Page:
Houston Methodist. Leading Medicine

Shoulder FAQ


Have you ever heard of an HAGL tear? That's what my rugby-playing son got at his final championship game. He says it was worth it but he may never play again. What kind of an injury is this?


HAGL describes a humeral avulsion of the glenohumeral ligaments. Humeral refers to the humerus bone (the upper arm bone). Avulsion means the ligaments have torn away from the bone.

It is most common in young athletes injured while playing rugby, football, basketvall, or volleyball. This injury has also been reported while participating in activities such as diving, surfing, and skiing.

The glenohumeral ligaments are a group of four ligaments and two separate bands of tissue. Together, they hold the head of the humerus in the acetabulum, which shoulder is the shoulder socket.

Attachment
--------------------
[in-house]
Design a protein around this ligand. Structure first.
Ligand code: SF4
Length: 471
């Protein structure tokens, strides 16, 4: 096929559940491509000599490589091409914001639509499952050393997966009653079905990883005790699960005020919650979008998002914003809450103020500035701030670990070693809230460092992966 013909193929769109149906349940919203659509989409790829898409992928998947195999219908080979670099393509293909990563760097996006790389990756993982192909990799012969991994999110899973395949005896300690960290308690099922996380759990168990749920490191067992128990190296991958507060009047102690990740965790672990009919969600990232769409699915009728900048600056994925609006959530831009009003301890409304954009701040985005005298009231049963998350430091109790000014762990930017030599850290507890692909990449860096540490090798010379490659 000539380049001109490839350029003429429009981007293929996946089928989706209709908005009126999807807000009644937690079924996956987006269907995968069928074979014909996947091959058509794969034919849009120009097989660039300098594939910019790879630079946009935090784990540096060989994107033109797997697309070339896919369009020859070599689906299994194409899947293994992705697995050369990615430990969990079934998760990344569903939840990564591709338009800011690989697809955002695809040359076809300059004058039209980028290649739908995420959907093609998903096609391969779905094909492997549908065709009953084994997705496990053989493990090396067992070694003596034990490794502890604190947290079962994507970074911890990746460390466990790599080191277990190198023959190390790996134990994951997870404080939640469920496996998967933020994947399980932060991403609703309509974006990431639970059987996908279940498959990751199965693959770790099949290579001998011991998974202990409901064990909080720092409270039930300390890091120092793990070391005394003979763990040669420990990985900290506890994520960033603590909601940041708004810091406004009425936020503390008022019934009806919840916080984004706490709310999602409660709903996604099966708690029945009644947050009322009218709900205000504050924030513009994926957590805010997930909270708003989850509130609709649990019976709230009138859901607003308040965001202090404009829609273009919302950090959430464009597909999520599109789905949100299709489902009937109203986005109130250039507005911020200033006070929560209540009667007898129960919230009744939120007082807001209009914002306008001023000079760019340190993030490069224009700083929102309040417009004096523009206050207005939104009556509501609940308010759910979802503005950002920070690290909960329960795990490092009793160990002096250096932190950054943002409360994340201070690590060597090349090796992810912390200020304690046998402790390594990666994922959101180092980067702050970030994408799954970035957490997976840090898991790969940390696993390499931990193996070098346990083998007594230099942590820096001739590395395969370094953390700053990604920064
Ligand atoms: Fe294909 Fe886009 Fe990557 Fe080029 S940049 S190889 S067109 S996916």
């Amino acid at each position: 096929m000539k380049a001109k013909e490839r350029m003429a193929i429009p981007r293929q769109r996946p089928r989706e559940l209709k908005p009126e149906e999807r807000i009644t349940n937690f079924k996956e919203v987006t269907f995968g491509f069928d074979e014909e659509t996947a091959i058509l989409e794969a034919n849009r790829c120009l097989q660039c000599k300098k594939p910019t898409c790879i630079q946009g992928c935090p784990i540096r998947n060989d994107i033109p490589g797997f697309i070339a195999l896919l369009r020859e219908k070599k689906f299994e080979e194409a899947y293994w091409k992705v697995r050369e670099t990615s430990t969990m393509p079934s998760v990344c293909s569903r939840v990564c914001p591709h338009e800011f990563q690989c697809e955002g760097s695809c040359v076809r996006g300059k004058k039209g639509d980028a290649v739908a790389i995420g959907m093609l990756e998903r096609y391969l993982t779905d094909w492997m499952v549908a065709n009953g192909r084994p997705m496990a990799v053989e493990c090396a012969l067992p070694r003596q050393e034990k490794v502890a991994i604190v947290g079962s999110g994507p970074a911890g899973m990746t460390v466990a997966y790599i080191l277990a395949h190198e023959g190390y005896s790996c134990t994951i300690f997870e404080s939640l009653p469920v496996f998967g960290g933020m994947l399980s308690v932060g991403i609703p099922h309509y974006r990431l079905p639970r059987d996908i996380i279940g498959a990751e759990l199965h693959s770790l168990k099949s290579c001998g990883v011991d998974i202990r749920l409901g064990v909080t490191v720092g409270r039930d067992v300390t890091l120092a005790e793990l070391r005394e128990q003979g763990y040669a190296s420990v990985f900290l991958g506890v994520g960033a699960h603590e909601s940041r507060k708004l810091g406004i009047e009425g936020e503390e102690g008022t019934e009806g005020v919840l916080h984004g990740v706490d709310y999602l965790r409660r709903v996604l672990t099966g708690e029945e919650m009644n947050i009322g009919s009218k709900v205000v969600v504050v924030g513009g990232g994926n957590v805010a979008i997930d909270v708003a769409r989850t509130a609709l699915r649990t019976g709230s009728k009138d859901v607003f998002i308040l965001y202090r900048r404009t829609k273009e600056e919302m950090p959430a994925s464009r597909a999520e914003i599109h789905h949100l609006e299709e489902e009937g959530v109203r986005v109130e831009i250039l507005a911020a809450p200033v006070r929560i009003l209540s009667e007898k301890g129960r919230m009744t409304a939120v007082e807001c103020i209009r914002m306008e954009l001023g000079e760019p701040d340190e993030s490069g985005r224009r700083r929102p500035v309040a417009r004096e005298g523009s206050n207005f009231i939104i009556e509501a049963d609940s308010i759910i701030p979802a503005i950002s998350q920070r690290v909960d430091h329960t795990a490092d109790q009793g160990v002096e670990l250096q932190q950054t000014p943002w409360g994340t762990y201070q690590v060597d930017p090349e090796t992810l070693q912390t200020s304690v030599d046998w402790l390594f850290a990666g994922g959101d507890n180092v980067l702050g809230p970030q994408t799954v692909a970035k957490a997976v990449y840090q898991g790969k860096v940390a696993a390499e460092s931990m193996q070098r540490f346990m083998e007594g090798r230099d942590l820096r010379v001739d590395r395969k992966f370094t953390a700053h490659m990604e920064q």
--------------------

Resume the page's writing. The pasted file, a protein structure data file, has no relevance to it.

Without these ligaments in place, the shoulder is unstable. It may repeatedly dislocate causing pain and discomfort. Depending on how much damage has been done, conservative care may be all that's needed. More often, surgery is done to repair the damage and stabilize the shoulder.

With the proper treatment and follow-up rehab, many athletes are able to return to their sport. The key is accurate diagnosis and treatment to repair all parts that have been damaged. Liem T. Bui-Mansfield, MD, et al. Humeral Avulsion of the Glenohumeral Ligaments. The HAGL Lesion. In The American Journal of Sports Medicine. November 2007. Vol. 35. No. 11. Pp. 1960-1966.

*Disclaimer:* The information contained herein is compiled from a variety of sources. It may not be complete or timely. It does not cover all diseases, physical conditions, ailments or treatments. The information should NOT be used in place of visit with your healthcare provider, nor should you disregard the advice of your health care provider because of any information you read in this topic.
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